My experience in elite football allows Zone7 to better understand this. We want to help sporting directors open dialogue with these members of staff about their work. This includes discussing how it fits into a club strategy and even assisting them with setting relevant KPIs to assess the department’s success.”
The role and responsibilities of a sporting director have changed over time and do not solely focus on player trading. Many expect those in the role have a strong understanding of fitness, medical and performance, given their importance to the development of an elite football team. For those who are not experts in these areas, Zone7 offers crucial insight and knowledge that allow relationships between sporting directors and the relevant club departments to flourish.
“Beyond the increased awareness of medical and performance operations and how they fit into the sporting management of a club, we help sporting directors in several ways. The first is an extension of that increased awareness which makes them think strategically about technology in general. This begins with identifying a use case for technology in their club operations, then scoping out suitable implementation before finally considering how they can sustain continued tech innovation over the long term. I think that is a big challenge for any organisation, so Zone7 are happy to help sporting directors navigate that framework.
Another topic is one that used to concern me when I was in my roles within football clubs; the financial implications of player injuries. This historically has been and in some places still is an accepted norm but the economic impact on the organisation is significant. This includes paying the salaries of players who cannot be deployed on to the pitch, direct costs of medical treatment for injuries, increased insurance premiums and, in some cases, the price of replacing an injured player with the acquisition of another player. In many football leagues there are not huge amounts of liquid cash so it makes sense to be strategic with technology when you calculate how much capital could be saved for player recruitment costs.
Football clubs dedicate so much time, energy & money to talent identification and player recruitment with the objective of increasing performance. Sporting directors should certainly consider applying the same logic to the assets they already have at their disposal, not just the ones they wish to have.”
- Zone7 CEO, Tal Brown has previously discussed this idea in a thought piece with the ASD titled Embracing AI Beyond the Transfer Window.
Technological innovation is an area of focus for leaders in all industries. Yet in football it is a continuing topic of discussion due to the competitive advantages it can create on and off the pitch. With so many developments it is critical that sporting directors know the prevailing trends and how they can be accounted for in their own role.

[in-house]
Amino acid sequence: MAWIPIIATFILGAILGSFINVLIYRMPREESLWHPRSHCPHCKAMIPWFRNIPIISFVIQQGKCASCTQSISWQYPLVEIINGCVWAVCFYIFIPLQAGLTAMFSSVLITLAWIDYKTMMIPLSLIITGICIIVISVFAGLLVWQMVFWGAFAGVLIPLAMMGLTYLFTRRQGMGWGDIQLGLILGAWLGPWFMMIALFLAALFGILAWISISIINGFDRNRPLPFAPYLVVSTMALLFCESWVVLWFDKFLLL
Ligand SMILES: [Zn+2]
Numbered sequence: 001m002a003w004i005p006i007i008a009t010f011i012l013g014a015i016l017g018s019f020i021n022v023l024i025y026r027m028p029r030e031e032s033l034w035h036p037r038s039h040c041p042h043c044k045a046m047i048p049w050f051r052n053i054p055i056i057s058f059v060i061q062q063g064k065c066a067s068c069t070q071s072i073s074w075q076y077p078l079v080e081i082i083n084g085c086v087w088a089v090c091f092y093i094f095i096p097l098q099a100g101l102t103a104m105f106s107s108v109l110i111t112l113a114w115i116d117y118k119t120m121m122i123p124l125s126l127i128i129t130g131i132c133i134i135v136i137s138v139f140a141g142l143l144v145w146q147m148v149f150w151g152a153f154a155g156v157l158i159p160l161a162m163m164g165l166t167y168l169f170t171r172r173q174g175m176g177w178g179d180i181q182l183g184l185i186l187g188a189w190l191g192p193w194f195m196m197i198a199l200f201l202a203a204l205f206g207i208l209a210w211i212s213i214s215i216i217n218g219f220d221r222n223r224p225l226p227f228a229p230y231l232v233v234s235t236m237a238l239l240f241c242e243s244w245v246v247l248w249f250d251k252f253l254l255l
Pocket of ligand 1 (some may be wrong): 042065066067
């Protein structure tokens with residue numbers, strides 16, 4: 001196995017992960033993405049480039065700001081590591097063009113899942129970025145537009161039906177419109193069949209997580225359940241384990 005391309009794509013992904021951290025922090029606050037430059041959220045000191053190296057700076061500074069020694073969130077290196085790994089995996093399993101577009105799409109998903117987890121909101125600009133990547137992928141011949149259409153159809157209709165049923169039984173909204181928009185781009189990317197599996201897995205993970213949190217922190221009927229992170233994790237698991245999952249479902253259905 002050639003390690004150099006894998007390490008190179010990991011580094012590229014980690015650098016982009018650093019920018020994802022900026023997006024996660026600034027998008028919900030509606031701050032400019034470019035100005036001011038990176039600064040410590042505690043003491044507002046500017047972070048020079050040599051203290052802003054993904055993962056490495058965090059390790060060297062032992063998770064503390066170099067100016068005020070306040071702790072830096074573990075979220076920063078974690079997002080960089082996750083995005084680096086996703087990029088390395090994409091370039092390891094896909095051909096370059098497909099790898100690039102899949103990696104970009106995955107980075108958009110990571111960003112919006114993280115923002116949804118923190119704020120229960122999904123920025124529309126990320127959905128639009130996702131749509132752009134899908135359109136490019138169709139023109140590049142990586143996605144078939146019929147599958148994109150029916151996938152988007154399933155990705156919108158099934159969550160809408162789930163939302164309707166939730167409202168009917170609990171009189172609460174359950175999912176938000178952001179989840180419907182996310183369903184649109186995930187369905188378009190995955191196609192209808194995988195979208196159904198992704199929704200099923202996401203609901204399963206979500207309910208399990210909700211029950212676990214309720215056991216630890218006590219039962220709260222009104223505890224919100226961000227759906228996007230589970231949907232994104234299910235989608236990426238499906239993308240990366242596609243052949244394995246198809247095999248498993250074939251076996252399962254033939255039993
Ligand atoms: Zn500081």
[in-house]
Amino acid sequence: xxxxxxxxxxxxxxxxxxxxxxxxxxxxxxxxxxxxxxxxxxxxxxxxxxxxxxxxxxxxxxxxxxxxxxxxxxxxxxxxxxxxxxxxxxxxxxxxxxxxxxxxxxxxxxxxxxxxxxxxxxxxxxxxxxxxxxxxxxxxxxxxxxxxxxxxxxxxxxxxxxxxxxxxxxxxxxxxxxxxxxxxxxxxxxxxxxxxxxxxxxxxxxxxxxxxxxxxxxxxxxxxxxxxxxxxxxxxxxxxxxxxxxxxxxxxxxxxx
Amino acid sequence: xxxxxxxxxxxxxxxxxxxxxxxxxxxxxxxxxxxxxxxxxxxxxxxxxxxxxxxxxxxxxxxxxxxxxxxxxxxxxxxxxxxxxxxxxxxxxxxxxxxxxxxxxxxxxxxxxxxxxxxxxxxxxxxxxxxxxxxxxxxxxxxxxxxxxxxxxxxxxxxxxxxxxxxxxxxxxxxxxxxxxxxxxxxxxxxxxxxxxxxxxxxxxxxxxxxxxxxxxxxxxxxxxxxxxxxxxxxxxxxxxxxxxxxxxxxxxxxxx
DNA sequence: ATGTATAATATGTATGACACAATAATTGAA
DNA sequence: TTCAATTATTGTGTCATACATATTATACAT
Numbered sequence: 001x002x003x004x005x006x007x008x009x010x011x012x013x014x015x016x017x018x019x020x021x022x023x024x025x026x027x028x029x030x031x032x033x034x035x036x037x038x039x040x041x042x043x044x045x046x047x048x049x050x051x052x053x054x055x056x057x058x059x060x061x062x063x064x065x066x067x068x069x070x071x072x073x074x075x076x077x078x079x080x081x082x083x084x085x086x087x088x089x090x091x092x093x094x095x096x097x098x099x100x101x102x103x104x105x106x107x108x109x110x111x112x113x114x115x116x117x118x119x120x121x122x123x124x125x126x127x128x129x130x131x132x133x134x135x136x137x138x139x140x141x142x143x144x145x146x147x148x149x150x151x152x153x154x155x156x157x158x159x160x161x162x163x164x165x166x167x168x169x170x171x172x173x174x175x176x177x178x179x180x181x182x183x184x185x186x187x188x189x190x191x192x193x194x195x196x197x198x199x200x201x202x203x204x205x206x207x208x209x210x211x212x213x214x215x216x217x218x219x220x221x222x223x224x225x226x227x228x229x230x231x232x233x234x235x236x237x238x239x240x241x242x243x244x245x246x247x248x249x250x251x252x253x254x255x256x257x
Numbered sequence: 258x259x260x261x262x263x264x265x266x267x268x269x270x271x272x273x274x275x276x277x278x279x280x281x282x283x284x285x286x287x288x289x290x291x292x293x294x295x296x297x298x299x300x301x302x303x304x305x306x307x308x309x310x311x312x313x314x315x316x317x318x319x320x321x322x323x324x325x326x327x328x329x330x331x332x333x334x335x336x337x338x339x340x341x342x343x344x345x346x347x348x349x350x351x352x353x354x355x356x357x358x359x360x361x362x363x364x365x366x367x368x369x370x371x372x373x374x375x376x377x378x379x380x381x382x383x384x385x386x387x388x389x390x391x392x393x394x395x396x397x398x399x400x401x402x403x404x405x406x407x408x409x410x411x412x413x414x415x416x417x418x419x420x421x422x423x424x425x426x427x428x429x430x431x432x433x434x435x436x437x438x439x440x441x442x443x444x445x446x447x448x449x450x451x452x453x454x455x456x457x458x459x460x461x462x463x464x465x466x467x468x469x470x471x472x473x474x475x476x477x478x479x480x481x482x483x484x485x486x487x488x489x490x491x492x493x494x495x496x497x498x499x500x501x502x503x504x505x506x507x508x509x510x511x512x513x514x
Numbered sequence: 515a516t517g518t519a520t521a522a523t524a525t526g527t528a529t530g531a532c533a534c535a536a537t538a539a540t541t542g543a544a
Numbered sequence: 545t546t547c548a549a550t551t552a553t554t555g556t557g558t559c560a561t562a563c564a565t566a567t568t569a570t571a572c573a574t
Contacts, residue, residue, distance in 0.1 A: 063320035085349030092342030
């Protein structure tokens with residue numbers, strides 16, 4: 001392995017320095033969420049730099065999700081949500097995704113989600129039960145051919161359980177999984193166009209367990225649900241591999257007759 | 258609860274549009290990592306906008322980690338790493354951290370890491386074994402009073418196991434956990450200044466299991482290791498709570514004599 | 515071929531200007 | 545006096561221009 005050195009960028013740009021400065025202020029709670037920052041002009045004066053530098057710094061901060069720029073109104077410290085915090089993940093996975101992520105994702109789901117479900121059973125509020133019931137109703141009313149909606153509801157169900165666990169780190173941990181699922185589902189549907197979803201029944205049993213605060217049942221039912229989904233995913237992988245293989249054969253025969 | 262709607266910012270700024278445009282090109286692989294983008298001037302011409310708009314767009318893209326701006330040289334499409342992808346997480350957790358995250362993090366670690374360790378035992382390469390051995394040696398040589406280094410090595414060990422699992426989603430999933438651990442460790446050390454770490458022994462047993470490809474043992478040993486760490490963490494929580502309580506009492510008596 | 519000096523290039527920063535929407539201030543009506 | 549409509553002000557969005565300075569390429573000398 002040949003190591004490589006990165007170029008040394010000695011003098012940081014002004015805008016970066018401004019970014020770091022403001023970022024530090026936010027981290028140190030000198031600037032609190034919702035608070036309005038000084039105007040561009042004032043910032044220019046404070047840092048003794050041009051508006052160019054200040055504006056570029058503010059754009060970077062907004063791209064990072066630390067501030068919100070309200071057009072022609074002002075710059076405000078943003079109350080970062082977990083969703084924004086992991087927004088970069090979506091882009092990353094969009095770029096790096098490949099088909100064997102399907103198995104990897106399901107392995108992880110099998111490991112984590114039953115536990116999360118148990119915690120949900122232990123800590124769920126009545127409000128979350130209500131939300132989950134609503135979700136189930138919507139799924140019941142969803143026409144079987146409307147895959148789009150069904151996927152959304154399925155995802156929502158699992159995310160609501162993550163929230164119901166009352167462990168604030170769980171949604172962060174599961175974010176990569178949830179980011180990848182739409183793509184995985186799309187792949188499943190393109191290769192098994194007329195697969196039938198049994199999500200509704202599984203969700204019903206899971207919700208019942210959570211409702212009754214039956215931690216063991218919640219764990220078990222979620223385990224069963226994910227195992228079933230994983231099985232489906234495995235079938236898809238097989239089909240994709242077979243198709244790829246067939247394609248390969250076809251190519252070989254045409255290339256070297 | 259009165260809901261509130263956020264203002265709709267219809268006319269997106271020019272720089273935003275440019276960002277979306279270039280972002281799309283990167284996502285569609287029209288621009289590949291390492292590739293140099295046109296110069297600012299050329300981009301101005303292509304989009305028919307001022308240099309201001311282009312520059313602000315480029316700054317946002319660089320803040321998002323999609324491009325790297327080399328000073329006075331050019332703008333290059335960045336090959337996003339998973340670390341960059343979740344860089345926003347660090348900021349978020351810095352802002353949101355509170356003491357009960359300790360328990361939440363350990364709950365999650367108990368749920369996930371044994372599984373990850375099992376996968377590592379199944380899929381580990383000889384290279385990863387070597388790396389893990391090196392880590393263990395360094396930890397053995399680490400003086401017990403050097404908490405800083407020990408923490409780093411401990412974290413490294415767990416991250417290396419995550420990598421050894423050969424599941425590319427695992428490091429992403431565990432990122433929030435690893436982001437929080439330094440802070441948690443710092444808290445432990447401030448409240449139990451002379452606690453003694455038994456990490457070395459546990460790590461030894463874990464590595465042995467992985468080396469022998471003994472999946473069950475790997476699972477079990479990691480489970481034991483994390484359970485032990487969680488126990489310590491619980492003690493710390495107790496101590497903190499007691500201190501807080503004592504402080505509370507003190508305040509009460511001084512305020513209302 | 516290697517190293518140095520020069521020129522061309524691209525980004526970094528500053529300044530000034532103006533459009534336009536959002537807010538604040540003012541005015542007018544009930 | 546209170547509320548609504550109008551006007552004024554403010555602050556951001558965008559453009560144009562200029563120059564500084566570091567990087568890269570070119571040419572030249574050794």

“There is certainly an ongoing trend around improving player welfare. Injuries can have a significant impact on a player after they return to playing. This is due to both the physical and psychological effects that being ruled out and working through rehabilitation can have. Furthermore, the clearer information you have on player loads means the better you can proactively manage them to sustain their availability across a season and throughout their career.
The availability of a squad of players is arguably the highest priority for sporting directors. There is a huge responsibility to maintain and develop these players’ conditions, both physically and mentally. That impacts everything else in terms of performance and results.
I think another trend relates to the role of sporting director itself. Those in the role often look to implement long term strategies and KPIs accordingly. It can be difficult to measure the success of medical and performance staff if you just look at a short period. However, over the course of seasons you can measure the changes in player availability due to injury as well as the recurrence of injuries. You can also effectively apply learnings and augment operations to find an optimal solution for the club. It is crucial to find ways to benchmark this performance.”
The objectives of the Association of Sporting Directors are to support, connect and develop sporting directors. It is clear to see the alignment between those and the partnership with Zone7 given the mutually beneficial relationships which have been created and led to a greater technological understanding of how medical and performance operations directly impact club strategy and team performance.
“The partnership between Zone7 and the Association of Sporting Directors is a two-way street. As much as we want to educate the members on what we are doing in the medical and performance space, it is also about us better understanding the landscape. Being able to learn what challenges they face and how they have adopted tech to solve problems then allows us to refine what we do and how we can work with them. We can also share our own insights and best practices for the benefit of all the games stakeholders, such as our recent report into applying AI within high performance environments.
Being able to actively contribute valuable insight and become a trusted go-to resource from a tech perspective for the members aligns well with that. This partnership is very much about learning together and growing together.”
Zone7 offers cutting-edge data science services and has a proven track record of working with clubs from the biggest football leagues in the world.
With a combination of data analytics and AI powered insights as well as industry expertise from the likes of Buchanan, the company has placed themselves as a leader within the industry in managing and improving medical and performance operations.
Article wrote by Matthew MacDonald.